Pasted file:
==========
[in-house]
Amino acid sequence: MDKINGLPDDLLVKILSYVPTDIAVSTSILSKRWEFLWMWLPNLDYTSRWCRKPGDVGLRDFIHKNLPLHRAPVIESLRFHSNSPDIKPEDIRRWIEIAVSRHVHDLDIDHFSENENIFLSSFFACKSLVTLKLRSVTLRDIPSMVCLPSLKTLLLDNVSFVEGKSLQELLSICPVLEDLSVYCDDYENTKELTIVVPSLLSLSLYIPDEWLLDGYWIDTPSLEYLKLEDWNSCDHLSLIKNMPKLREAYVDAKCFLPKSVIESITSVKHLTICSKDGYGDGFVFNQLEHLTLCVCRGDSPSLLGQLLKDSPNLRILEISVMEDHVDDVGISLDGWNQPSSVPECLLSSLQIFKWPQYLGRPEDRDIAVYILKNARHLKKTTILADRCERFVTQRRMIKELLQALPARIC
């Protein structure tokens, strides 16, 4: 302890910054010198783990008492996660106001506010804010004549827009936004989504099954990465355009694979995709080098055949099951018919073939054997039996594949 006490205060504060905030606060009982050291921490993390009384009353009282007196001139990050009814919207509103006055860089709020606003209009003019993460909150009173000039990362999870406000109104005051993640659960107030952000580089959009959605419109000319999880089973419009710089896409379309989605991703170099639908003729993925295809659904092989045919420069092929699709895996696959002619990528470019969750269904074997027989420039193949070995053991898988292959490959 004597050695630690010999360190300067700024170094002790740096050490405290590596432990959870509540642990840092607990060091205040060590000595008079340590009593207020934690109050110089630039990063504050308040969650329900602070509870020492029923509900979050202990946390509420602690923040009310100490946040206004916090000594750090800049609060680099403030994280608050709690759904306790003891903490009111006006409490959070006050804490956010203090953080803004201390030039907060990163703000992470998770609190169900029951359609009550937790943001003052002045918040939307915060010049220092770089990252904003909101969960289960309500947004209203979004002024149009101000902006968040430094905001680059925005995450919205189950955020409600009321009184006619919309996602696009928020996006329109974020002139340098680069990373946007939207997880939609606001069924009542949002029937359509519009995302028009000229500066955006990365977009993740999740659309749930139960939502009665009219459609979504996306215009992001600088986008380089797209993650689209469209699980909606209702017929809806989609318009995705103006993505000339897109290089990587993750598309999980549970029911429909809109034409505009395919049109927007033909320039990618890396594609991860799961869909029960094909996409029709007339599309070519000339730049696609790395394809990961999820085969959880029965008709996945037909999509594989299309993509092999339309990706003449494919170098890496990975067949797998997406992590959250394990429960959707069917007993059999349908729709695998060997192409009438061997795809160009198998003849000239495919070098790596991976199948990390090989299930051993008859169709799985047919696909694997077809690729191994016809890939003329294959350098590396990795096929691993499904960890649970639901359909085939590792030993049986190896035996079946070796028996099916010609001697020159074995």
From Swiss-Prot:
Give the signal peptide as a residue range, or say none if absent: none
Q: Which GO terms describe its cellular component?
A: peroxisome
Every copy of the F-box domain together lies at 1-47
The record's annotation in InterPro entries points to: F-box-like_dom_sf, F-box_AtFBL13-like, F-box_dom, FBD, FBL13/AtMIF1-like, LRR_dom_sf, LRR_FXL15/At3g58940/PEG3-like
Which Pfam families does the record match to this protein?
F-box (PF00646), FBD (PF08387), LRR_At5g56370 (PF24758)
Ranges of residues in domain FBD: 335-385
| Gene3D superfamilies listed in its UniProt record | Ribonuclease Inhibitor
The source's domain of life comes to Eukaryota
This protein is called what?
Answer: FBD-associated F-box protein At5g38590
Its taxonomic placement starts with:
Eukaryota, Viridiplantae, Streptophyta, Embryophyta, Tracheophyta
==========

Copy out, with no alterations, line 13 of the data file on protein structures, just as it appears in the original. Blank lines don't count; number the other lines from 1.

| Gene3D superfamilies listed in its UniProt record | Ribonuclease Inhibitor